Google Adwords recently made significant changes in the headlines and description capabilities that you or your agency can use in designing ad text. Here, we’ll walk you through the changes, and show you some of the techniques that we have been testing and found success with.

First, the title text now allows for three headlines and 90 total characters. This is a 50% increase from the previous two-headline, 60-character extended text ad of the standard extended text ad tool that has been the standard since 2016. 

Note that while you may serve three headlines, nothing prevents you from restricting yourself to two, or even one.

Additionally, descriptions have been expanded from a maximum allowance of 80 characters to a whopping 180. These expansions alone allow ads to take up more screen space which can increase click-through. But this of course is affected by the quality of the creative. To help with this, Adwords has expanded optimization possibilities with the new headlines.

The new optimization tool is a type of responsive ad. The Responsive ads allow you to put a number of headlines into a proverbial bucket, serving them in different positions within the headline, and ultimately serving the highest-performing combination and order to the user.

This bucket can hold a maximum of 15 headlines and 4 descriptions. Additionally, you can “pin” certain headlines to a certain spot. For example, you can command that headline “x” be served in the first headline position, and that the remaining bucket of headlines be served randomly in the second and third slots. You can pin one headline to the first, another to the second, and let the third be cycled and optimized. However you wish to pin headlines, you can. Just be aware that as you add more headlines for the algorithm to choose from, the combinations and orders can easily make for a  scatterbrained or nonsensical headline served, which is obviously something you want to avoid.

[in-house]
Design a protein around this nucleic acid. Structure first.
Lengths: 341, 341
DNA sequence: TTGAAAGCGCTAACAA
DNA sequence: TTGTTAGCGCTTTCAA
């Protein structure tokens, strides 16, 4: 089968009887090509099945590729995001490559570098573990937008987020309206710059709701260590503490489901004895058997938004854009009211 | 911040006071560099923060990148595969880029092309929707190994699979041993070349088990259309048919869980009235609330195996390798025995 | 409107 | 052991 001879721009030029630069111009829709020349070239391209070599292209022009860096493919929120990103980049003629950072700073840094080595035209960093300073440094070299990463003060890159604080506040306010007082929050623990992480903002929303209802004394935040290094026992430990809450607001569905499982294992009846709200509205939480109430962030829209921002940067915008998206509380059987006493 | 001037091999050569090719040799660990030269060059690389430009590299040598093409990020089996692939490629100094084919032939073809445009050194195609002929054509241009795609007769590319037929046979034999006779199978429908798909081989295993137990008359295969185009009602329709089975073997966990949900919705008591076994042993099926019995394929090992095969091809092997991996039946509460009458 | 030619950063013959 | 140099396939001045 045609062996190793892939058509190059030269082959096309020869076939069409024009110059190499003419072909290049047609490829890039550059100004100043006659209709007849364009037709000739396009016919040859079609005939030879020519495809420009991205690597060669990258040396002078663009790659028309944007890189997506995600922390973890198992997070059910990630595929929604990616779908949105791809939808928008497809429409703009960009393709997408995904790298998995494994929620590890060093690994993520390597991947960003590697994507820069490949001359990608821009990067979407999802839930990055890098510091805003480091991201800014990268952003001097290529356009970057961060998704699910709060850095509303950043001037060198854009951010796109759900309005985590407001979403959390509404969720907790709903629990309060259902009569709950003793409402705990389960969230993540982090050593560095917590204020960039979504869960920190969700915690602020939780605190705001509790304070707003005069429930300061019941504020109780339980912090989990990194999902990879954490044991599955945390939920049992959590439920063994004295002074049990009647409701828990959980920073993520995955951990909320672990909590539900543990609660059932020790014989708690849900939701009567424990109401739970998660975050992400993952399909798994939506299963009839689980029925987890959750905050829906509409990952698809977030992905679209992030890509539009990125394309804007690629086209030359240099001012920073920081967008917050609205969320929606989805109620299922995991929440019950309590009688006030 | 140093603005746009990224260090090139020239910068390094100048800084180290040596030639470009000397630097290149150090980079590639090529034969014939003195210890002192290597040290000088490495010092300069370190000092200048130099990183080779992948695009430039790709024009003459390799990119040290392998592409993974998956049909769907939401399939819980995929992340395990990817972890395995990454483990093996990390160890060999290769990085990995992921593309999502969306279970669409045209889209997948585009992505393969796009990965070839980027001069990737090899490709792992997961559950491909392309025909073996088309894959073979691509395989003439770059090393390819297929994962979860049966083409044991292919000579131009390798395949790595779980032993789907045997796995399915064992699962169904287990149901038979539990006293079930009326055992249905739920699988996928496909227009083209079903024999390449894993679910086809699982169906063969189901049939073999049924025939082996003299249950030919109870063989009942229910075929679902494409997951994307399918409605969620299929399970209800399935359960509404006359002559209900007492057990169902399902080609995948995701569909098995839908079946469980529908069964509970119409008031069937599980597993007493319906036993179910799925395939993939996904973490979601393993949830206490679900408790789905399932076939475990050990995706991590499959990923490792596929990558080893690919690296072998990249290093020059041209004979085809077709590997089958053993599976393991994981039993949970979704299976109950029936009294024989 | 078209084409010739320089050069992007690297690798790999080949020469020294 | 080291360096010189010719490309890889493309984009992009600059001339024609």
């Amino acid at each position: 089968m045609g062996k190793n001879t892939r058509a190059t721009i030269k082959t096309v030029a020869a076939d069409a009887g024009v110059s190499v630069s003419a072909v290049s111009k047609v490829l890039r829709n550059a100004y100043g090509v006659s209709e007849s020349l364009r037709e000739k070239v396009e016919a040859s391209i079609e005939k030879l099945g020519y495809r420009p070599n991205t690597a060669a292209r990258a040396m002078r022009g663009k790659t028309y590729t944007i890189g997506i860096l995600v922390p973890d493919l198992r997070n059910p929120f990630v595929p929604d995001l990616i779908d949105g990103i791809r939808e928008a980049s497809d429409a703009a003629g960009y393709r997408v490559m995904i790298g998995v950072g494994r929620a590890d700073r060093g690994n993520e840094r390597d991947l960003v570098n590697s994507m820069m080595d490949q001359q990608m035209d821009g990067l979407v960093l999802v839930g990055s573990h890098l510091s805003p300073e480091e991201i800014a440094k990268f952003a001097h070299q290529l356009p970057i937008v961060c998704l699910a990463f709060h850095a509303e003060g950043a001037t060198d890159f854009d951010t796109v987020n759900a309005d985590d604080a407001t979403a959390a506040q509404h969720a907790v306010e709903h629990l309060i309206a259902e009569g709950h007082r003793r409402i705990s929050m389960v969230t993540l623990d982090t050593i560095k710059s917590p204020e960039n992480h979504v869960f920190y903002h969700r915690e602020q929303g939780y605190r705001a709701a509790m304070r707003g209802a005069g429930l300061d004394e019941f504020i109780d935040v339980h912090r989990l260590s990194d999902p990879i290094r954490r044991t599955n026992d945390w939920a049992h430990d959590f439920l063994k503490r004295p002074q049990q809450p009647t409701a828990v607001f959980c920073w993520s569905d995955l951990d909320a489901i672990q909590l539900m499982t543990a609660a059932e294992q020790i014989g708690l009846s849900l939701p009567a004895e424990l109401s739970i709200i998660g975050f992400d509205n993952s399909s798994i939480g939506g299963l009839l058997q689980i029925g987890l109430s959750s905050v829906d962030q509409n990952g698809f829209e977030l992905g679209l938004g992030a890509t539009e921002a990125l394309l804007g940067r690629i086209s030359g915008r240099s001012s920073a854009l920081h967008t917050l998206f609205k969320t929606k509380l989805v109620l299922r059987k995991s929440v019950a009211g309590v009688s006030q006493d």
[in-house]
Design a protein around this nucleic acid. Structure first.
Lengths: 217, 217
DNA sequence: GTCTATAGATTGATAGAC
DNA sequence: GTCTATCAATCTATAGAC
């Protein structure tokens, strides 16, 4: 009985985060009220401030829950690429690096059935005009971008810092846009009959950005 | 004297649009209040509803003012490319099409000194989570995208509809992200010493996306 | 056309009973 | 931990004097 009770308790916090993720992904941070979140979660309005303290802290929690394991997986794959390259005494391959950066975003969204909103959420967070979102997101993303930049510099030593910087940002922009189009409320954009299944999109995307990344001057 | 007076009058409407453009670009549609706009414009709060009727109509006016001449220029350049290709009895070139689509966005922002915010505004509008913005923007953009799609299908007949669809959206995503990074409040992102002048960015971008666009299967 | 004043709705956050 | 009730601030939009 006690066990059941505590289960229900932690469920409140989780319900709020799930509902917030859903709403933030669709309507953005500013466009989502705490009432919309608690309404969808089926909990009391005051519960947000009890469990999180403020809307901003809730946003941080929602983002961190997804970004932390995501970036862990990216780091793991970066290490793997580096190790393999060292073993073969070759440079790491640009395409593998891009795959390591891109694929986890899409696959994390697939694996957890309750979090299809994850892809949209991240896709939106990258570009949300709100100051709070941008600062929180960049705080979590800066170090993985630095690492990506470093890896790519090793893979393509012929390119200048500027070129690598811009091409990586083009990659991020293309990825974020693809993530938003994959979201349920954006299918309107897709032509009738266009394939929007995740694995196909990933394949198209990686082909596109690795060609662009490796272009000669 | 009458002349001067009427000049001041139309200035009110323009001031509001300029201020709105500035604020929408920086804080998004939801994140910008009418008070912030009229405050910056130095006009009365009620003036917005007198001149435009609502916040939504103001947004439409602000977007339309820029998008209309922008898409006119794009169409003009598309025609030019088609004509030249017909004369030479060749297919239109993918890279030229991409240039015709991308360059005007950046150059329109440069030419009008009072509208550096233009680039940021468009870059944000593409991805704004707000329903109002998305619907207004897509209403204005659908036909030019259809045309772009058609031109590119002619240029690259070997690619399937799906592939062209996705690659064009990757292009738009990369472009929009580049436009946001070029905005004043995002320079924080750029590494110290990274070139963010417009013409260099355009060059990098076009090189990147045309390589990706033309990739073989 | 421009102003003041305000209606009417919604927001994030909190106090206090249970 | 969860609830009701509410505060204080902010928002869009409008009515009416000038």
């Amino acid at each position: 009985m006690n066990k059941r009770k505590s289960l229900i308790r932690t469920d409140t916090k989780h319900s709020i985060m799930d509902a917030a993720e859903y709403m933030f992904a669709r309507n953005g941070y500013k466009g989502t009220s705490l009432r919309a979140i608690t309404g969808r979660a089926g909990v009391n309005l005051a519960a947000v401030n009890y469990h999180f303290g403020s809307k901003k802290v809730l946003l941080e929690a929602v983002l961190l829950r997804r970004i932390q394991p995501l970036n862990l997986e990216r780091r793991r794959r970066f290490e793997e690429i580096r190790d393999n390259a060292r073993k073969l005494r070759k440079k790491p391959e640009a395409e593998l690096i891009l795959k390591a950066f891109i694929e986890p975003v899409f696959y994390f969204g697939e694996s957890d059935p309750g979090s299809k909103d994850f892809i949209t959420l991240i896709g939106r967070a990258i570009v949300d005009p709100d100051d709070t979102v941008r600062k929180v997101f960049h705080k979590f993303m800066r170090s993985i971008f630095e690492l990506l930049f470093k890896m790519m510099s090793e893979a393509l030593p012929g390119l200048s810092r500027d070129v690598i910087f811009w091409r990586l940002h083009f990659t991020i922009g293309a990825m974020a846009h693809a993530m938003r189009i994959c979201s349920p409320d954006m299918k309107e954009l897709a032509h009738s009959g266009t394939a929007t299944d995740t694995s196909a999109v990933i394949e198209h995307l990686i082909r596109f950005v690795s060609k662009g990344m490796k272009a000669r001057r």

One feature that is not available: Google does not tell you which combination or order of headlines is performing best. This is something that we are hoping will come in the near future, but we shall wait and see. In the meantime, utilizing pinning is a good way to narrow down the possibilities of ads being served and hone-in on what is working best.

Another feature that we’d like to see in Adwords is the allowance of multiple URL destinations for A/B testing and optimizing. If one ad could be setup to randomly link to one of two URL’s, we as marketers could see which landing pages are performing best with certain ads and optimize accordingly.

Other observations worth noting:

  • In general, a nice order of headlines is 1. Brand 2. Call to action 3. And some type of actionable sentence/hook.
  • Pinning “Official Website” in the last slot also conveys authority to searchers and increases click-through.
  • Both responsive ads and the prior two-headline ads are served to desktop and mobile. However, note that call-only ads remain a separate type of ad and do not incorporate responsive ads. Extended text ads aren’t included in call-only ads either, but rather just serve a text headline, description, and phone number.
  • It might not be worth it to use responsive ads if ads are low-performing. Responsive ads see success when they have statistical significance from a threshold of impressions and interactions. If you cycle between 8 headlines for an ad that is being seen twice a month, you’ll be spinning your wheels.